But there was other important work to be done, of course. My mother had volunteered like a madwoman for Hillary, and I could feel her devastation clear as a bell over the 2,000 miles between us. And her devastation made mine feel twenty times worse. She’d texted me early on election day, when I’d said my daughters would call her when Hillary won. She wrote back jubilantly: “My darling dear! To think that back in Las Cruces, you were two years old and your momma was hosting at least 3 to 5 consciousness raising groups each week… that we’d be texting about a woman president in 2016. WOW, and our girls will never know, unless they happen to take a women’s studies class.”
Now, on black Wednesday, I called her. When I thought of what just happened to Hillary the person, not even Hillary the candidate, I couldn’t help but connect her to my mom. They’re of the same generation, lived a similar kind of activism. Hell, had the circumstances been slightly different, maybe my mother would be running to become the first woman president! I’d begun to feel that this whole election had all happened to my mother, specifically. Everything felt suddenly and devastatingly specific.
She picked up the phone immediately. She was in tears.
“I’m sorry,” I said.
I was sorry for so many things: that this had happened; what it meant to women, people of color, Muslims, people with disabilities, immigrants, LGBTQ populations—all people she’s spent her life sticking up for. Mostly I was sorry, though, that I, personally, hadn’t helped. I’d been for Bernie, but other than voting for her and watching the polls, I didn’t do enough for Hillary. I was partly responsible.
“I’m responsible,” I said to my mom.
We talked through it, how this was our rock bottom and we needed to get sober. She pointed out that on the plus side, thanks to a ballot measure, we now had assisted suicide in Colorado. I told her about the composer’s post, begging to be murdered by her MD. We laughed. It felt important that we got to a place that was better than despair, and just talking, we got there.
Meanwhile, my father, on the West Coast, sent out an apocalyptic email.
He, too, has spent his life in activism, and he, too, read the election results as a referendum on his life’s work, as well as his life itself. A gay man who traveled the world fighting the spread of HIV/AIDS, he’d finally seen during Obama’s presidency his bond with his partner of over 30 years legalized. Now he’d just watched their very marriage used as a campaign wedge. In his email, there was talk of deep retreat and despondency and never coming back. There was talk of a life-long media blackout; my dad, the news junkie.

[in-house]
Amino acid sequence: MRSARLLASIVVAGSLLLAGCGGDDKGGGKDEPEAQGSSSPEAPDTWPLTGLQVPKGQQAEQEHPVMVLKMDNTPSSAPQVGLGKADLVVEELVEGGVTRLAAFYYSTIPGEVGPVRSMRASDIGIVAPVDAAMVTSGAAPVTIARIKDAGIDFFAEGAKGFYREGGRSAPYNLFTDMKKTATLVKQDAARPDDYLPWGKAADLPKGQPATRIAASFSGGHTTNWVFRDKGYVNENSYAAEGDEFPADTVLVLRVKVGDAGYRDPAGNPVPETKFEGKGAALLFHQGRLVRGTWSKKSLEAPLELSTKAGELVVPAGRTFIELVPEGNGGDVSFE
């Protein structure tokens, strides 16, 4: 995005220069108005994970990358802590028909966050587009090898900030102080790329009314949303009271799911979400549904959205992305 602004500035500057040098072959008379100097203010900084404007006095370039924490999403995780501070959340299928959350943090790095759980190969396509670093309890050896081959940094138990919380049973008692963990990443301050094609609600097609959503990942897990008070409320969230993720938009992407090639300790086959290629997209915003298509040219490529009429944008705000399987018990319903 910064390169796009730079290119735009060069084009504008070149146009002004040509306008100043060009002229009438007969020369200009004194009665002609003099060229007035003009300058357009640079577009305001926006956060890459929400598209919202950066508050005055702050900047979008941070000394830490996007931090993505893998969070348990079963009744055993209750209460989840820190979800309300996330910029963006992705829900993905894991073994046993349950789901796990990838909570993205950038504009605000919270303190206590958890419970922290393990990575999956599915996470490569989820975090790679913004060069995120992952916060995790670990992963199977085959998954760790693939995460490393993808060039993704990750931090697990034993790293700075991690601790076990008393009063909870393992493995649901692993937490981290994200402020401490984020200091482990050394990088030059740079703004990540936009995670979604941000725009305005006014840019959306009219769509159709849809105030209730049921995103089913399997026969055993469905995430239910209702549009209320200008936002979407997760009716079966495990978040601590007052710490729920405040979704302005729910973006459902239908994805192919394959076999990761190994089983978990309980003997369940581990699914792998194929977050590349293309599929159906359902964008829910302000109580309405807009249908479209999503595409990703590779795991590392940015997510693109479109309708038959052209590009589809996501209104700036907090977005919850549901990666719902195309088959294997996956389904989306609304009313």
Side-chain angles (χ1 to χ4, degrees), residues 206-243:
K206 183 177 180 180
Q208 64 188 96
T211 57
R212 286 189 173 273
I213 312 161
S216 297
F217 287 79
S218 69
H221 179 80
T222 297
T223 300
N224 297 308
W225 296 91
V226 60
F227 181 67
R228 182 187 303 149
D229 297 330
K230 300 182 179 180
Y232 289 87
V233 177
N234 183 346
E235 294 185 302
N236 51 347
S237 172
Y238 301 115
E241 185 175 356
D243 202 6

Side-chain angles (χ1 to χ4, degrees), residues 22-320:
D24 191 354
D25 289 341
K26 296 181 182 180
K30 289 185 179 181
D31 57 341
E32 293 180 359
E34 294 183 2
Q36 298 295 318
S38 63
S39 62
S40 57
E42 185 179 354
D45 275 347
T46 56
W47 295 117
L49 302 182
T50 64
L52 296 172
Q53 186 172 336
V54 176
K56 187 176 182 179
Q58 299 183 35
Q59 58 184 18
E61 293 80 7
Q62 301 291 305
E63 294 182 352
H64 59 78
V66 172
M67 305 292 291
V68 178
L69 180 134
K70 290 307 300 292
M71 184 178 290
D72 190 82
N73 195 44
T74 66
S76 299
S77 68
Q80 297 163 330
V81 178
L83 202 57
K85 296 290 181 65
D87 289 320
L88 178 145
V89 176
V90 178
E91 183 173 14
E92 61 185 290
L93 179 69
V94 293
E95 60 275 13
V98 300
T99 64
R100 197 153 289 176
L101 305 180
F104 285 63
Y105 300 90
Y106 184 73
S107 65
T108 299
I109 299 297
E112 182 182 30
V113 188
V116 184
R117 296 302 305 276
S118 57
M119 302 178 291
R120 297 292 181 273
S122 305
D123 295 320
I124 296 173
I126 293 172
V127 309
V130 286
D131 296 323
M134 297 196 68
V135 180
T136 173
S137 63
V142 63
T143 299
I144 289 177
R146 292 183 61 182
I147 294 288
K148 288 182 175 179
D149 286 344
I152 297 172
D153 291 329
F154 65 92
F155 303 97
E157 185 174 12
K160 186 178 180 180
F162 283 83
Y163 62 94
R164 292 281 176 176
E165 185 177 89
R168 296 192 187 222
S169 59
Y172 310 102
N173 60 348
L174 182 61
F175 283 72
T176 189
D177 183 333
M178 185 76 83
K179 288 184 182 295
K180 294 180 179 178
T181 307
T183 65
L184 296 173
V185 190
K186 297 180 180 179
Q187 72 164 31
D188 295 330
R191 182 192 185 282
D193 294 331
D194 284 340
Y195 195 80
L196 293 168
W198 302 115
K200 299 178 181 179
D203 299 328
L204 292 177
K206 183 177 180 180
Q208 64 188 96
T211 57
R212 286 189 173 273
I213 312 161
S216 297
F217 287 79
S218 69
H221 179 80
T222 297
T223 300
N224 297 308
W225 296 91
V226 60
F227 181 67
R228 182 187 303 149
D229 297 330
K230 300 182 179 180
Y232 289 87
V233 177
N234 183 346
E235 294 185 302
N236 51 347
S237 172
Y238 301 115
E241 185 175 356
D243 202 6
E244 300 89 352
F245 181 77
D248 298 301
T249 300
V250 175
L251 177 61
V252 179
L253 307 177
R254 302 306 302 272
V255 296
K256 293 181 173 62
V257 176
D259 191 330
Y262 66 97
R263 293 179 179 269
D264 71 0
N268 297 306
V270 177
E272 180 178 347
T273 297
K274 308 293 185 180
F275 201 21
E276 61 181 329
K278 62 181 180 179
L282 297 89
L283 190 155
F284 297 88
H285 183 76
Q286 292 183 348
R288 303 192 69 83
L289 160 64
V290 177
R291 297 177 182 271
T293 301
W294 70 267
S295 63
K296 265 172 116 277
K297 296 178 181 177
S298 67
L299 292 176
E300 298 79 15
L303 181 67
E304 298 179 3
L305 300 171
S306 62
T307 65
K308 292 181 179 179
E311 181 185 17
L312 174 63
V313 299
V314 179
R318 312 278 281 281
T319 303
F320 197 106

I needed to do laundry and I needed to call my father.
I kept thinking of the double bass player and how I could buoy my father, also a musician, with his story. I’d learned during the ill-fated returns party a lot more about his life, playing with some of the greats of jazz, teaching at a university, and then making a huge, late-career breakaway from performing to composing. One of his first compositions was nominated for a Grammy. He’d won a Guggenheim. Now he’d been commissioned to write something for a 75-piece orchestra. He was my parents’ generation and lived like they did through the MLK assassination, the beginning of the end of Jim Crow, and so much else. “He’s just president,” he’d said to me that morning, “and he’s going to be surprised at all that he can’t do.” Something about his deep voice, the calm wag of his head when he talks, his slow and steady blinking—it calmed me.
I called my father and told him about the double bass player. He read me some emails he got in response to his apocalyptic one. We found a way to laugh. We reminded each other that my daughters, his granddaughters, are worth the fight we have ahead of us.
Later, at dinner, I asked the playwright if he was still feeling optimistic. “Optimistic? Not exactly,” he said, and people started gathering around. “I mean, I have a catastrophic imagination, and I’ve been reading about genocides and oppressive regimes, believe me. But we still have two months left of Obama, and we need to enjoy it,” he said. “I think we have some time before the death squads begin.”
The realities of this, the new and unimaginable consequences, will be crashing into us in waves, but that doesn’t mean give up. We can’t. As David Remnick said in his brisk and heartfelt reaction to the night:
Late last night, as the results were coming in from the last states, a friend called me full of sadness, full of anxiety about conflict, about war. Why not leave the country? But despair is no answer. To combat authoritarianism, to call out lies, to struggle honorably and fiercely in the name of American ideals—that is what is left to do. That is all there is to do.
So what am I saying? Why do stories matter, and what must Lighthouse and the larger literary community do with what just happened? It’s clear that we’re not hearing each other’s stories right now. Some of us are only listening to stories we want to hear. Others are not listening at all. Many people in our country don’t have experience engaging with literature or know the pleasure and clarity that can come with crafting and revising a story of their own. That’s where we can help. Maybe we direct them to simply write about a day in their life at, say, an artist’s colony. Maybe the story’s about trying to find a shred of grace in interactions with other, living beings, especially when it seems hope is all but lost.
This post is part of our annual Lit Counts series, in which writers and readers express why supporting and elevating literary arts—the mission of Lighthouse Writers Workshop—is important to them. If you agree, consider supporting Lighthouse on Colorado Gives Day. Mark your calendar for December 6 or schedule your gift now. Thank you!
Andrea Dupree is the program director for Lighthouse Writers Workshop, which she co-founded in 1997 with Michael J. Henry.